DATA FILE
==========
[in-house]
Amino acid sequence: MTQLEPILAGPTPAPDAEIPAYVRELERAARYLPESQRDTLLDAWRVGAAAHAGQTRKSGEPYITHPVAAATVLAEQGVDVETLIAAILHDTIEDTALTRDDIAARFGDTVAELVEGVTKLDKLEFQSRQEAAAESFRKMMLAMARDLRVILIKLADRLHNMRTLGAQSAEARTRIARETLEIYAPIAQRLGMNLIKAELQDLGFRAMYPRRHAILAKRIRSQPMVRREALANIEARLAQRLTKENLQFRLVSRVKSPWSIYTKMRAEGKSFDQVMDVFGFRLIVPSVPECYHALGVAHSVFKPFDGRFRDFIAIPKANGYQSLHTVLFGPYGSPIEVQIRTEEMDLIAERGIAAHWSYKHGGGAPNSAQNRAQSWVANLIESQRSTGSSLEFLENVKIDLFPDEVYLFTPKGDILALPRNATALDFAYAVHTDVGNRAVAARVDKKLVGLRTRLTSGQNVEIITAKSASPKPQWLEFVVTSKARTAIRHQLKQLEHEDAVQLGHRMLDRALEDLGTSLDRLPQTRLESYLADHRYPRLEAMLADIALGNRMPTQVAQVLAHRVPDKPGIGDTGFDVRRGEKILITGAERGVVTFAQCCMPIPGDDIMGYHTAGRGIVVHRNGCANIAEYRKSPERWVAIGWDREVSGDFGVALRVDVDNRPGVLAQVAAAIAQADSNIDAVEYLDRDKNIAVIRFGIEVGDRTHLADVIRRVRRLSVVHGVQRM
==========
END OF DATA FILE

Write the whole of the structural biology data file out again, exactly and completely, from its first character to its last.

[in-house]
Amino acid sequence: MTQLEPILAGPTPAPDAEIPAYVRELERAARYLPESQRDTLLDAWRVGAAAHAGQTRKSGEPYITHPVAAATVLAEQGVDVETLIAAILHDTIEDTALTRDDIAARFGDTVAELVEGVTKLDKLEFQSRQEAAAESFRKMMLAMARDLRVILIKLADRLHNMRTLGAQSAEARTRIARETLEIYAPIAQRLGMNLIKAELQDLGFRAMYPRRHAILAKRIRSQPMVRREALANIEARLAQRLTKENLQFRLVSRVKSPWSIYTKMRAEGKSFDQVMDVFGFRLIVPSVPECYHALGVAHSVFKPFDGRFRDFIAIPKANGYQSLHTVLFGPYGSPIEVQIRTEEMDLIAERGIAAHWSYKHGGGAPNSAQNRAQSWVANLIESQRSTGSSLEFLENVKIDLFPDEVYLFTPKGDILALPRNATALDFAYAVHTDVGNRAVAARVDKKLVGLRTRLTSGQNVEIITAKSASPKPQWLEFVVTSKARTAIRHQLKQLEHEDAVQLGHRMLDRALEDLGTSLDRLPQTRLESYLADHRYPRLEAMLADIALGNRMPTQVAQVLAHRVPDKPGIGDTGFDVRRGEKILITGAERGVVTFAQCCMPIPGDDIMGYHTAGRGIVVHRNGCANIAEYRKSPERWVAIGWDREVSGDFGVALRVDVDNRPGVLAQVAAAIAQADSNIDAVEYLDRDKNIAVIRFGIEVGDRTHLADVIRRVRRLSVVHGVQRM